Detailed drawing and description of airport terminal enhancement and design

The requirement to physically separate departing passengers and their baggage from arrivals which was absent in the current terminal has also been incorporated in the design. The buttress features which flank the air‐side arrivals and departures access points also serve to protect the structure from any jet or propwash originating from aircraft manoeuvring on the apron area, in close proximity to the buildings. The buttress design has also featured in the main entrance and the baggage collection buildings.

In order to facilitate the various security areas and processes it is proposed to construct a new departures wing. This wing contains a secure sterile area in which departing passengers are held prior to proceeding to embark on their flights. Additional ablutions including a paraplegic toilet are provided in this structure.

The arrivals and departures node, which is included within the new wing, will be used to manage the flow of passengers particularly arriving passengers. A key element of this facility is to be able to hold the meeters and greeters element in particular for the private lodges whose trackers and rangers meet their arriving guests prior to escorting them to their game vehicle for transfer to their lodges.

With up to 12 lodges (or Lodge groups) located in the vicinity of Skukuza, whose passengers could make use of Skukuza airport, there could potentially be between 9 and 12 vehicles with 24 staff members dropping off and meeting their guests at any one time. To avoid congestion in the main terminal building/check‐in area suitably identified and approved lodge staff would have access to the meet and greet vestibule. Once guests (or groups of guest) have been met they would be escorted directly to their waiting vehicles with lodge staff attending to baggage collection.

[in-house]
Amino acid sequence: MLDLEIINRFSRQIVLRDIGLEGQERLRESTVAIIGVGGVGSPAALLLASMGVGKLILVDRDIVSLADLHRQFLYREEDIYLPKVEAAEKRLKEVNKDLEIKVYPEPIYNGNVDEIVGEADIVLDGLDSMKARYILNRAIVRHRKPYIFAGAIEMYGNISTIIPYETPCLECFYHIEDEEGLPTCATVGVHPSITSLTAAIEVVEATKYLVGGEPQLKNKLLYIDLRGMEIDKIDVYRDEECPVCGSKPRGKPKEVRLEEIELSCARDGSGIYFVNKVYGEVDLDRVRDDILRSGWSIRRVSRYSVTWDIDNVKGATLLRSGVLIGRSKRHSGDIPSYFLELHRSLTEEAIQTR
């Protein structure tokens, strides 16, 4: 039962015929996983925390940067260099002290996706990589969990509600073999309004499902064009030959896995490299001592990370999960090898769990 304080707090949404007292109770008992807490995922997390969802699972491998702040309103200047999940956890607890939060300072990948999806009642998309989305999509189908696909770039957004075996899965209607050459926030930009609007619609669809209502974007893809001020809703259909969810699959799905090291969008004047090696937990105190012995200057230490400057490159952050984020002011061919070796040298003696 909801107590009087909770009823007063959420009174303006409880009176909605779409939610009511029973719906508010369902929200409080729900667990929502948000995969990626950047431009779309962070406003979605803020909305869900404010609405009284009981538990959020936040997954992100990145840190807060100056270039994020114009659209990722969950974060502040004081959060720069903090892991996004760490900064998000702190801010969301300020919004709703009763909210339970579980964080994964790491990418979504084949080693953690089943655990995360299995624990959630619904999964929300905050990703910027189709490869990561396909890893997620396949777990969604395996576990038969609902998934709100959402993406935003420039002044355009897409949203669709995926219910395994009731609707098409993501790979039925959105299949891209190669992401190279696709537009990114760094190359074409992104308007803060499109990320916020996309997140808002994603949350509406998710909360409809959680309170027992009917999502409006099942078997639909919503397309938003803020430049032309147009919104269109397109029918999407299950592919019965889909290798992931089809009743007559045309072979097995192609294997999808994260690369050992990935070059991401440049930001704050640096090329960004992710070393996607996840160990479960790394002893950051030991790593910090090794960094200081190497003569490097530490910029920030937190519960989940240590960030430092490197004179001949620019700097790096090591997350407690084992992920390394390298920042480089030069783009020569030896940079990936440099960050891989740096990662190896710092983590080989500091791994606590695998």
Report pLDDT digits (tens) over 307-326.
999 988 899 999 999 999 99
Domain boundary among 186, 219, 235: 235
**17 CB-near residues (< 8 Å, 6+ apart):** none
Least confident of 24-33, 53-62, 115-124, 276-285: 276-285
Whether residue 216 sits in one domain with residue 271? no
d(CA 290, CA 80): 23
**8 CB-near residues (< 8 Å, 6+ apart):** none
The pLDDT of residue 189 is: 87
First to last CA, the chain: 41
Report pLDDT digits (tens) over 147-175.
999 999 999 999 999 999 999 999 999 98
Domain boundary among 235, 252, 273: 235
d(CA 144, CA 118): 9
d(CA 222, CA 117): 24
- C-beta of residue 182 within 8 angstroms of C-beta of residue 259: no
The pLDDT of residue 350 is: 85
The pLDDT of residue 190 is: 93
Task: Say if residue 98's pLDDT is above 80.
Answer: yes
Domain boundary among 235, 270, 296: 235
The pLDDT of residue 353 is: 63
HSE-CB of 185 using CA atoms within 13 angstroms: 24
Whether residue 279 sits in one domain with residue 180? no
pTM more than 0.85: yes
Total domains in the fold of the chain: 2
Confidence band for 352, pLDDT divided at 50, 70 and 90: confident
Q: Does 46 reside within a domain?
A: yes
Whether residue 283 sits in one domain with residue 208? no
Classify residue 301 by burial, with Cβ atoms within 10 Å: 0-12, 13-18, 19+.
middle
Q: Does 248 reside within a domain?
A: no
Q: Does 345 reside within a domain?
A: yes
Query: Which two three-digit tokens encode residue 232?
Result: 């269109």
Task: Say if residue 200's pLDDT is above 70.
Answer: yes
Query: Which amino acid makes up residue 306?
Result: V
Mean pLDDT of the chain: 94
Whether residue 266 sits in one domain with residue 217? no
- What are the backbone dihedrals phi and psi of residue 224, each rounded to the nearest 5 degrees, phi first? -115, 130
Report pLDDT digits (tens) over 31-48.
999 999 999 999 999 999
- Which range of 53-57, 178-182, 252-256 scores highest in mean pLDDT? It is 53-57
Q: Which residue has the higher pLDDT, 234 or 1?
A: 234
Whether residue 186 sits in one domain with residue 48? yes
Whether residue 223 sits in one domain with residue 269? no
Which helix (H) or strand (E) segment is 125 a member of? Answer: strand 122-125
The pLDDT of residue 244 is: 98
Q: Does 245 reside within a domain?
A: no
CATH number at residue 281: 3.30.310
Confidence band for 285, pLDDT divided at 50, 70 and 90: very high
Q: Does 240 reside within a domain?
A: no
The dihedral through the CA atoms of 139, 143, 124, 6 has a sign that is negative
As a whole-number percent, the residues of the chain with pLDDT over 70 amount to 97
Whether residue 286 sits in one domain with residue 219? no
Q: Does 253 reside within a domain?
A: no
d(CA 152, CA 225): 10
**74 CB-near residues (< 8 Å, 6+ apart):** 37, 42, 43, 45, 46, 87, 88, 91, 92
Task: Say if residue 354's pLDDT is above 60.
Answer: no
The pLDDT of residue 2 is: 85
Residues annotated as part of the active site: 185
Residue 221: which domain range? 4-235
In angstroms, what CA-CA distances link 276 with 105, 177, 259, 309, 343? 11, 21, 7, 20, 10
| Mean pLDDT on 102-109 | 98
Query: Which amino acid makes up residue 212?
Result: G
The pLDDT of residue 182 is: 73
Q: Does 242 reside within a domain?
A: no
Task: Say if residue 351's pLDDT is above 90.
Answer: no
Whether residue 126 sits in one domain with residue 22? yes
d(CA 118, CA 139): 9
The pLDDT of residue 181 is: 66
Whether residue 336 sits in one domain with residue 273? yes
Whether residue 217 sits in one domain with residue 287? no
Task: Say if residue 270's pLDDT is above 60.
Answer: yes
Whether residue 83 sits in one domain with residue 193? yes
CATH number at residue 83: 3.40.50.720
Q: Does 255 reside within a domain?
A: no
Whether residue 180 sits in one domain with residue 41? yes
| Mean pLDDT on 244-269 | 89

The main terminal building area, apart from housing check‐in would also accommodate the curio shop, car hire offices and the airline and feeder airline offices. It is planned that the ablution facilities will be renovated in the style of the overall facility. A universal use toilet has been included.

In regard to the entrance to the building, this has been designed to provide covered access to the parking area as well as an area where large groups can be held and briefed prior to departing the airport, as is usual with larger conference and incentive groups etc. This area will also serve as elevated access onto which passengers on 4×4 game drive vehicles from lodges can alight easily, this is especially relevant for the infirm or passengers with disability, who could struggle to climb up to these high vehicles from ground level.

Baggage collection will take place in approximately the same area, adjacent to the car park, which previous travellers and users of the airport will be familiar with.